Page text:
Written by Vedika Pathania, a second-year journalism student.
Hear it from someone who is trying to build one..
When we talk about what journalism is, what it means, and what one does as a journalist, most people have one response- news. However, it is so much more than just news, and I think it is important that you know what it entails before you decide to make journalism a career choice.
What’s journalism about
It’s about – truth, stories, responsibility, analysing and presenting data, and above all, it is an oath to the people that your writing will be unbiased, fearless, and critical.
A common mistake that people make is confusing journalism with media and while journalism is a kind of media, media is more of an umbrella term for the audio-visual industry. Journalism, on the other hand, occupies a smaller niche of writing about events, people, stories, all in an attempt to help shape public opinion and make a difference.
If any of this resonates with you, you’re at the right place. So how do you become a journalist?
To be fair, it isn’t easy and neither is it a short process. The industry is competitive and challenging. It is hence a commitment. A commitment to yourself, and one to the people who rely on your writing.
Where do you start?
As an 11th or a 12th grader, the question of the future does seem daunting. While choosing arts and humanities subjects is more suitable to help you get acquainted with history and politics, you can get into journalism with any subjects in high school and this comes from experience. (I had physics, chemistry, and maths and took a round turn)
The next step is choosing a degree.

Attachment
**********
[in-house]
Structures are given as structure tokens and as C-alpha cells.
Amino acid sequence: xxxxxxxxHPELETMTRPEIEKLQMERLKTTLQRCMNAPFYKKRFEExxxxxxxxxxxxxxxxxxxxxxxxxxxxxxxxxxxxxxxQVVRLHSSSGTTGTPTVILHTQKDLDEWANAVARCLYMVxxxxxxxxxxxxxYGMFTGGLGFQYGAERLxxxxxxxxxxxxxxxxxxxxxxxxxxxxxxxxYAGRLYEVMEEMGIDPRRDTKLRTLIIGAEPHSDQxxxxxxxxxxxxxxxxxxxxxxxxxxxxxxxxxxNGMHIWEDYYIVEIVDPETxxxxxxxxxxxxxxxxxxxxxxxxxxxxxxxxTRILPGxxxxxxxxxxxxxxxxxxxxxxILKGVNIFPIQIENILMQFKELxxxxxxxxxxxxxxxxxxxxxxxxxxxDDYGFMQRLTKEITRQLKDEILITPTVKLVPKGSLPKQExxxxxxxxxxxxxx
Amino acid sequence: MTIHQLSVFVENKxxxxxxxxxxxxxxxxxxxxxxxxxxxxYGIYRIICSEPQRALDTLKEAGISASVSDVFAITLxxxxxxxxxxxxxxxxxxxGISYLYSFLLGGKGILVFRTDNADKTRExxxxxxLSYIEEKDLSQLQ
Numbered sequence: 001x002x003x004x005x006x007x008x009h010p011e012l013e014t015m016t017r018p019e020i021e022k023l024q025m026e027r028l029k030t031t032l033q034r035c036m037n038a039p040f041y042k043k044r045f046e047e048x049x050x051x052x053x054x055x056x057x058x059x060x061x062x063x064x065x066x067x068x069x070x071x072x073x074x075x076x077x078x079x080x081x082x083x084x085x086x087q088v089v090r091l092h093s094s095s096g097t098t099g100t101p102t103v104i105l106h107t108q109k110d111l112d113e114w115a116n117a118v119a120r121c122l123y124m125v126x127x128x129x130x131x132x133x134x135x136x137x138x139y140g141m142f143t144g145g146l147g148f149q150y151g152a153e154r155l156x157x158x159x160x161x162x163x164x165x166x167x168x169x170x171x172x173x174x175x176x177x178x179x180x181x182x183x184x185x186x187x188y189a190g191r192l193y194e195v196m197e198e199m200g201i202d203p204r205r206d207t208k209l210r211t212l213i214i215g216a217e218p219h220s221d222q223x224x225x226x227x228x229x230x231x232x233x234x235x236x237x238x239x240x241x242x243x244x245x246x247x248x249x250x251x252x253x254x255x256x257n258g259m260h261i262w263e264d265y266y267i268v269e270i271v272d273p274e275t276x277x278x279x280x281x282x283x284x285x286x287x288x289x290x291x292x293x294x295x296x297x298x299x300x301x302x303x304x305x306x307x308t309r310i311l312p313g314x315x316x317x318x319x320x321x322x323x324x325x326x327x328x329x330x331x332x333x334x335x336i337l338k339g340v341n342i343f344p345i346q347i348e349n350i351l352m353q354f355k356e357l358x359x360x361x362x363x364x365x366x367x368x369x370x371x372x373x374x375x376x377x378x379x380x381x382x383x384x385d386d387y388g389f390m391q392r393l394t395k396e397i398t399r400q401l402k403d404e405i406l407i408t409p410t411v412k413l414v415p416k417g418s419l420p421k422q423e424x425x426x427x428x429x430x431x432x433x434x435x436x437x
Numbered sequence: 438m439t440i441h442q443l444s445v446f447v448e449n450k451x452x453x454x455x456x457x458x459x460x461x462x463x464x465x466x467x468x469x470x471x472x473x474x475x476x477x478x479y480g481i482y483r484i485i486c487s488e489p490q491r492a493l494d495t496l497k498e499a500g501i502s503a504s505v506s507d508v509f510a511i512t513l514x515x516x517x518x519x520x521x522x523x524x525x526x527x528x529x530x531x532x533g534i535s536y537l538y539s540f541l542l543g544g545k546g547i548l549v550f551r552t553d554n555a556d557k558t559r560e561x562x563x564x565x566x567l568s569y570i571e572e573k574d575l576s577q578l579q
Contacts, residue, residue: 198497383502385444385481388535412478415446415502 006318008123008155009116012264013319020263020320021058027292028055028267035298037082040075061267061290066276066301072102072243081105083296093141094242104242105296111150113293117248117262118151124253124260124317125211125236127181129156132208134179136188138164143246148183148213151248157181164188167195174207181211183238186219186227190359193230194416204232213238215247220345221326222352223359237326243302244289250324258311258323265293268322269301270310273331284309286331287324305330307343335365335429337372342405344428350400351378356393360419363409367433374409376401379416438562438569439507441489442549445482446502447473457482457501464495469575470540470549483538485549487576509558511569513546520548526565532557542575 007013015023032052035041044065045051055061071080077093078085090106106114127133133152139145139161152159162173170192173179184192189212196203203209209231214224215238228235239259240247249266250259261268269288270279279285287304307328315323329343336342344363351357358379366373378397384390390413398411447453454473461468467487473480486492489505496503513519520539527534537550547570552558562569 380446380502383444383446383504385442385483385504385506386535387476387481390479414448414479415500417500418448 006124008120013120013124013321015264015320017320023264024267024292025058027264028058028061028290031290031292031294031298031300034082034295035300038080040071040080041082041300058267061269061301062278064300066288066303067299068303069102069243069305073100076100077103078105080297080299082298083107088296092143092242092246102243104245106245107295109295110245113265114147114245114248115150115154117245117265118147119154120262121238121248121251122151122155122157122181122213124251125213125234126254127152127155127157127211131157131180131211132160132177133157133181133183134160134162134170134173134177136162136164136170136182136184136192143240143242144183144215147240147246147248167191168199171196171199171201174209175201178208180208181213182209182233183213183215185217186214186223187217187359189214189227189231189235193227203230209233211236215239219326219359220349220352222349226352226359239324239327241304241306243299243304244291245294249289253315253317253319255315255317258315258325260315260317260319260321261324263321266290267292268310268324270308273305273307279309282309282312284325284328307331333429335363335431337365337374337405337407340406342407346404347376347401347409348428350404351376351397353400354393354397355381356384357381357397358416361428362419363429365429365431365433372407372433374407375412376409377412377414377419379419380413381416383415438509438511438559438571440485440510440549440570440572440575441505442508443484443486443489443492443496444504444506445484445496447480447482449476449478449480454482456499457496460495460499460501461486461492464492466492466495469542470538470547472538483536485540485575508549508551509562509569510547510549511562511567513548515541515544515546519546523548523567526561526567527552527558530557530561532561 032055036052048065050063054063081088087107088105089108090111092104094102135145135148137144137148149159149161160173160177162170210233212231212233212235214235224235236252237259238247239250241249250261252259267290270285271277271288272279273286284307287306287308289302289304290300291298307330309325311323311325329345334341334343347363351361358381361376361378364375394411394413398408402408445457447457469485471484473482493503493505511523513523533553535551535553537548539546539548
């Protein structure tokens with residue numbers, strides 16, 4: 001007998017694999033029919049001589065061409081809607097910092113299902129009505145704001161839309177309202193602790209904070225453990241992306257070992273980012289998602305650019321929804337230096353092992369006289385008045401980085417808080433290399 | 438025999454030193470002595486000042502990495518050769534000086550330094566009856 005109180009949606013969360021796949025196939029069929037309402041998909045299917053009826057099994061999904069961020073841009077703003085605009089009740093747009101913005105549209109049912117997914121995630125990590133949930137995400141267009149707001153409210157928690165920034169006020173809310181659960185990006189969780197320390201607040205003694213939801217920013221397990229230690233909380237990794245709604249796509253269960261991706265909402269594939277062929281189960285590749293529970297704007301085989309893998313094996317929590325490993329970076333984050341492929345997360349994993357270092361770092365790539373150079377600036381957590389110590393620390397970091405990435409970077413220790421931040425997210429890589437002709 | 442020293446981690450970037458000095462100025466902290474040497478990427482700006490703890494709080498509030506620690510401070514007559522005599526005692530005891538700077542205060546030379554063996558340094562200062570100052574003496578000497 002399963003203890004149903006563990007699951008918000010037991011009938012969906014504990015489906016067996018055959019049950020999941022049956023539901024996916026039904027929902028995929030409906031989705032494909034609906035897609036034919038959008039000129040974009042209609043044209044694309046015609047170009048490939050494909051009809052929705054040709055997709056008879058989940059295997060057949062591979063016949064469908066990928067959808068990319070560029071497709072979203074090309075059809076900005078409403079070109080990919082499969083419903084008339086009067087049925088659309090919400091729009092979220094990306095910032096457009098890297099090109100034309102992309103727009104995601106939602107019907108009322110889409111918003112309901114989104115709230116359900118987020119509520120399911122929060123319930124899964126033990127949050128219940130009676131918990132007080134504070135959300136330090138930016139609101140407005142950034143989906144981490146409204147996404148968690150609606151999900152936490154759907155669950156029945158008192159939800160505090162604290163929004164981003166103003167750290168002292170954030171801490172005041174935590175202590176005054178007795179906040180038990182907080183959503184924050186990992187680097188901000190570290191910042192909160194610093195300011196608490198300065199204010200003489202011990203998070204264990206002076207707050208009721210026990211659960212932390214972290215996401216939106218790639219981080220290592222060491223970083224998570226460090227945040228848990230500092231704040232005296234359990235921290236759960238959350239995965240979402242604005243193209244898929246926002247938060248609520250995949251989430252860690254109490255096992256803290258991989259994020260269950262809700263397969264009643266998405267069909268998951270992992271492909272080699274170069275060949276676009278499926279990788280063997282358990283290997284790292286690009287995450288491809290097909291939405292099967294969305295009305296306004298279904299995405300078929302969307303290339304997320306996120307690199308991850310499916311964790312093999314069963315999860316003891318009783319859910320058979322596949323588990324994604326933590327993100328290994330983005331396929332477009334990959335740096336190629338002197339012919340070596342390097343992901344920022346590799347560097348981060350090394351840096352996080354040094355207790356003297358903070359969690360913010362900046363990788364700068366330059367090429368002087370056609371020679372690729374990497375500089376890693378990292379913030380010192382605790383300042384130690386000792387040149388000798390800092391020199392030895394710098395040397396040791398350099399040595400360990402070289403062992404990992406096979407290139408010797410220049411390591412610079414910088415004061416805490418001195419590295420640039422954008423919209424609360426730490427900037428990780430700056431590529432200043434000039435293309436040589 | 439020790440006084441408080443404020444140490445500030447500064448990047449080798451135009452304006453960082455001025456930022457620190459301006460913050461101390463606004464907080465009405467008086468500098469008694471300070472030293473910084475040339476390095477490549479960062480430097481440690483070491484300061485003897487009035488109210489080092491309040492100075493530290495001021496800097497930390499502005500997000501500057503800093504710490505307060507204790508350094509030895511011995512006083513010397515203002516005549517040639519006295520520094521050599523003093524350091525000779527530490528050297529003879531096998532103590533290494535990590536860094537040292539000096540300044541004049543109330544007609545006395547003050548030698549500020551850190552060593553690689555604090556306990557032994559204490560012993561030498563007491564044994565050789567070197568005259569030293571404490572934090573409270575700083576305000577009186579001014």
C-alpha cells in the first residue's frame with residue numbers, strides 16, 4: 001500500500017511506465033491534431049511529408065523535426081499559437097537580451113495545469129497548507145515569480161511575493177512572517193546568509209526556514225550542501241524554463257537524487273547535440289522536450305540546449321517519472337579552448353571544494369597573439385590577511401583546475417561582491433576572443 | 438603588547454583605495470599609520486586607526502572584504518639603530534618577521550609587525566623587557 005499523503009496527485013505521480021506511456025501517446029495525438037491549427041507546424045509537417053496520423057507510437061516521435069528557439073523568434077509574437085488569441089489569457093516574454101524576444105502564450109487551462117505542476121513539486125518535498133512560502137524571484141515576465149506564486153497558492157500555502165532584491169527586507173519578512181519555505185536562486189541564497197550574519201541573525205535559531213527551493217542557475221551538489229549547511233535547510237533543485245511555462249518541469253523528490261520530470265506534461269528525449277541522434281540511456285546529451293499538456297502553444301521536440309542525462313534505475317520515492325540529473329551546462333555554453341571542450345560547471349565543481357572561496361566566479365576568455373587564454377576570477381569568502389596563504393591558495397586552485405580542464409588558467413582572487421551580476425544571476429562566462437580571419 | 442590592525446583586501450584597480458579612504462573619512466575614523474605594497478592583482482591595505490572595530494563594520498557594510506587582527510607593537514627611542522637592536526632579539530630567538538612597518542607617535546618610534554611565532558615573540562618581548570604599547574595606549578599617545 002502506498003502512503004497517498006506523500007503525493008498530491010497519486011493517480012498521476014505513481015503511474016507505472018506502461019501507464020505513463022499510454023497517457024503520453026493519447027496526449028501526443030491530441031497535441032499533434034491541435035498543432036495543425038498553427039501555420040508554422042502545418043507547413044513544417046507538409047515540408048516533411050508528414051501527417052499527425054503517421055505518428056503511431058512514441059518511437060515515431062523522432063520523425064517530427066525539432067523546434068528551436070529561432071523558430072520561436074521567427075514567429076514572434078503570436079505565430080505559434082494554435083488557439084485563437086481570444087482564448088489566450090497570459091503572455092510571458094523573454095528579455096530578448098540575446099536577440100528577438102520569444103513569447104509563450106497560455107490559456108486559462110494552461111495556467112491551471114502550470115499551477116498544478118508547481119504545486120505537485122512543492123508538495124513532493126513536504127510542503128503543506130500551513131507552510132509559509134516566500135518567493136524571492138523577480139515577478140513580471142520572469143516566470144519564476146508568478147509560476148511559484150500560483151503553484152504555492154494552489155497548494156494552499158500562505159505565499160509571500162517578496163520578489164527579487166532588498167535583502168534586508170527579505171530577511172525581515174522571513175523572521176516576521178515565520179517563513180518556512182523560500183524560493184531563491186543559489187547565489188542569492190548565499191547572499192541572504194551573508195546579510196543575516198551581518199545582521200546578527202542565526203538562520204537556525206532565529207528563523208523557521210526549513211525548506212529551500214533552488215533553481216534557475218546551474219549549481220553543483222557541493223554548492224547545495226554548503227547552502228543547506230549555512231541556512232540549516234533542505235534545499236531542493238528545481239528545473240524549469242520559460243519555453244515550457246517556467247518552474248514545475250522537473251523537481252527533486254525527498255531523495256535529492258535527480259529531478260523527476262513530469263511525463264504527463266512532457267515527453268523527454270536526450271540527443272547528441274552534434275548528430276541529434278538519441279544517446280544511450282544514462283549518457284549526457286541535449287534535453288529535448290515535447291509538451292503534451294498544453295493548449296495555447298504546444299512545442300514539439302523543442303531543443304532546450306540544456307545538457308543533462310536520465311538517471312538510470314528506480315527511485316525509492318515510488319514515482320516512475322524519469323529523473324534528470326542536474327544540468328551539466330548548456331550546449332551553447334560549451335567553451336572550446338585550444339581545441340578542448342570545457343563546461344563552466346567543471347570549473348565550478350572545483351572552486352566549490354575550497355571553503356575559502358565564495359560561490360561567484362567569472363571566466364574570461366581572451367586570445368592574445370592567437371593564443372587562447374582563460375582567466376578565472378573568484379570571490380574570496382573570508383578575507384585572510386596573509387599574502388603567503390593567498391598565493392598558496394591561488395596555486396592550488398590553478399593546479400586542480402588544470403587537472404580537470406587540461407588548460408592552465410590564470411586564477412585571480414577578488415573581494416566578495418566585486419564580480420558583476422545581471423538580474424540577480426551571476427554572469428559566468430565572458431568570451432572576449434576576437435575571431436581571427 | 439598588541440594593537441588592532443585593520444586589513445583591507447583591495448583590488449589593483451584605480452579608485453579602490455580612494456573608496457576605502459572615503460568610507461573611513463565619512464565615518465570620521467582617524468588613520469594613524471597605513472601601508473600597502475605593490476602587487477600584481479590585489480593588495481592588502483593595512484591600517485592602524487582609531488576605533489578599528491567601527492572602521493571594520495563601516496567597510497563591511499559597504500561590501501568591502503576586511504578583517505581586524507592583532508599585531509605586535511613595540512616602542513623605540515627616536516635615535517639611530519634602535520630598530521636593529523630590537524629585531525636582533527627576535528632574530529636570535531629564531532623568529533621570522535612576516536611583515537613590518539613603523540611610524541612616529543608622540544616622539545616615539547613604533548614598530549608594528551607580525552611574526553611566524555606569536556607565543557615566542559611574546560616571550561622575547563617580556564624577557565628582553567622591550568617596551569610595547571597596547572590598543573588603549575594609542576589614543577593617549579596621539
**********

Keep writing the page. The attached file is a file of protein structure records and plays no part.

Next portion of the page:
While there are several journalism (Journalism Hons) and Mass Communication undergraduate degrees that are available in both government and private colleges, an alternate way is doing a Bachelors in English, History or Political Science and then doing a Masters in Journalism.
If you choose the former, you will most likely have to take an entrance exam which assesses reasoning, language, and general knowledge, and then appear for an interview. This is the procedure followed by a lot of the country’s private colleges. Government colleges, on the other hand, are more merit-based and they give more importance to your high school marks.
How do you choose between private and government institutions?
This is where your college research comes in.
While choosing a college, we keep a few things in mind- faculty, placement records, and exposure. Private institutes (say, Symbiosis) are more expensive than government colleges (like Delhi University). So, talk to people around you. Find people who did the same courses you’re interested in and then weigh the pros and the cons.
Throughout your undergraduate degree, you must read and write and find suitable internships where you are allowed to develop your writing skills. Receiving feedback on your writing becomes very important.
Also, let me add this – we give more than necessary importance to 12th-grade marks. They matter, of course, and I’m not saying they aren’t important, but they aren’t everything, and you do not need to be a state topper to be a journalist. That being said, good marks never hurt anyone.